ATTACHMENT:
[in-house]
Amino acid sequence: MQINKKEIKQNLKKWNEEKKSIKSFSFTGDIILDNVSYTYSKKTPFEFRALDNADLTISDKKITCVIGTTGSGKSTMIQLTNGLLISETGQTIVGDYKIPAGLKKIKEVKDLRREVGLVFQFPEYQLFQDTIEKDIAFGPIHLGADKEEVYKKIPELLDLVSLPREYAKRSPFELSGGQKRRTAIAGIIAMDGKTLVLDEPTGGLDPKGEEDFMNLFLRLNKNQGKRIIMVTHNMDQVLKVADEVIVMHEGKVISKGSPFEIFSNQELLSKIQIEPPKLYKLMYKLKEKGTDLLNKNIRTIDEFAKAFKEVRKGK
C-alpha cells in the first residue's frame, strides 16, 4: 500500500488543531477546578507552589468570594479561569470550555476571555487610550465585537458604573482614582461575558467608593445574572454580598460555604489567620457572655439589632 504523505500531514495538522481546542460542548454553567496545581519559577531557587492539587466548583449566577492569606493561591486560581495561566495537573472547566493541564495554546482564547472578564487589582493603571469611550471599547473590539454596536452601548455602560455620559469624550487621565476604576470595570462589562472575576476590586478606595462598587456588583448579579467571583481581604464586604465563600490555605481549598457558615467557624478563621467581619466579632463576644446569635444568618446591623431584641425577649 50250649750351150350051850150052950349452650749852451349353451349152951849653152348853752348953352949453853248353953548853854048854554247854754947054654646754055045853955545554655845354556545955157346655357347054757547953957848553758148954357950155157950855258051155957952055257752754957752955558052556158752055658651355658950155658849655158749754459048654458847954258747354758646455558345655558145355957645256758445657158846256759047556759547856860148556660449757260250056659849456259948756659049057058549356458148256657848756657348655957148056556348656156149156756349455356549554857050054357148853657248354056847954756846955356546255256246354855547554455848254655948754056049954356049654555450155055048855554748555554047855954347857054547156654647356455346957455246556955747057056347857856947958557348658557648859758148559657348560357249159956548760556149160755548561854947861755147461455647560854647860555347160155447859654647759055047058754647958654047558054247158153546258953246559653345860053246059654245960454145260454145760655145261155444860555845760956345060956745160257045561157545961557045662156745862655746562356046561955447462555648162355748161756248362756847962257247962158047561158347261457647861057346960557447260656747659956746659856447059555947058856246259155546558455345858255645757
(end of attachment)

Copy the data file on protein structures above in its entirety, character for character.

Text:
[in-house]
Amino acid sequence: MQINKKEIKQNLKKWNEEKKSIKSFSFTGDIILDNVSYTYSKKTPFEFRALDNADLTISDKKITCVIGTTGSGKSTMIQLTNGLLISETGQTIVGDYKIPAGLKKIKEVKDLRREVGLVFQFPEYQLFQDTIEKDIAFGPIHLGADKEEVYKKIPELLDLVSLPREYAKRSPFELSGGQKRRTAIAGIIAMDGKTLVLDEPTGGLDPKGEEDFMNLFLRLNKNQGKRIIMVTHNMDQVLKVADEVIVMHEGKVISKGSPFEIFSNQELLSKIQIEPPKLYKLMYKLKEKGTDLLNKNIRTIDEFAKAFKEVRKGK
C-alpha cells in the first residue's frame, strides 16, 4: 500500500488543531477546578507552589468570594479561569470550555476571555487610550465585537458604573482614582461575558467608593445574572454580598460555604489567620457572655439589632 504523505500531514495538522481546542460542548454553567496545581519559577531557587492539587466548583449566577492569606493561591486560581495561566495537573472547566493541564495554546482564547472578564487589582493603571469611550471599547473590539454596536452601548455602560455620559469624550487621565476604576470595570462589562472575576476590586478606595462598587456588583448579579467571583481581604464586604465563600490555605481549598457558615467557624478563621467581619466579632463576644446569635444568618446591623431584641425577649 50250649750351150350051850150052950349452650749852451349353451349152951849653152348853752348953352949453853248353953548853854048854554247854754947054654646754055045853955545554655845354556545955157346655357347054757547953957848553758148954357950155157950855258051155957952055257752754957752955558052556158752055658651355658950155658849655158749754459048654458847954258747354758646455558345655558145355957645256758445657158846256759047556759547856860148556660449757260250056659849456259948756659049057058549356458148256657848756657348655957148056556348656156149156756349455356549554857050054357148853657248354056847954756846955356546255256246354855547554455848254655948754056049954356049654555450155055048855554748555554047855954347857054547156654647356455346957455246556955747057056347857856947958557348658557648859758148559657348560357249159956548760556149160755548561854947861755147461455647560854647860555347160155447859654647759055047058754647958654047558054247158153546258953246559653345860053246059654245960454145260454145760655145261155444860555845760956345060956745160257045561157545961557045662156745862655746562356046561955447462555648162355748161756248362756847962257247962158047561158347261457647861057346960557447260656747659956746659856447059555947058856246259155546558455345858255645757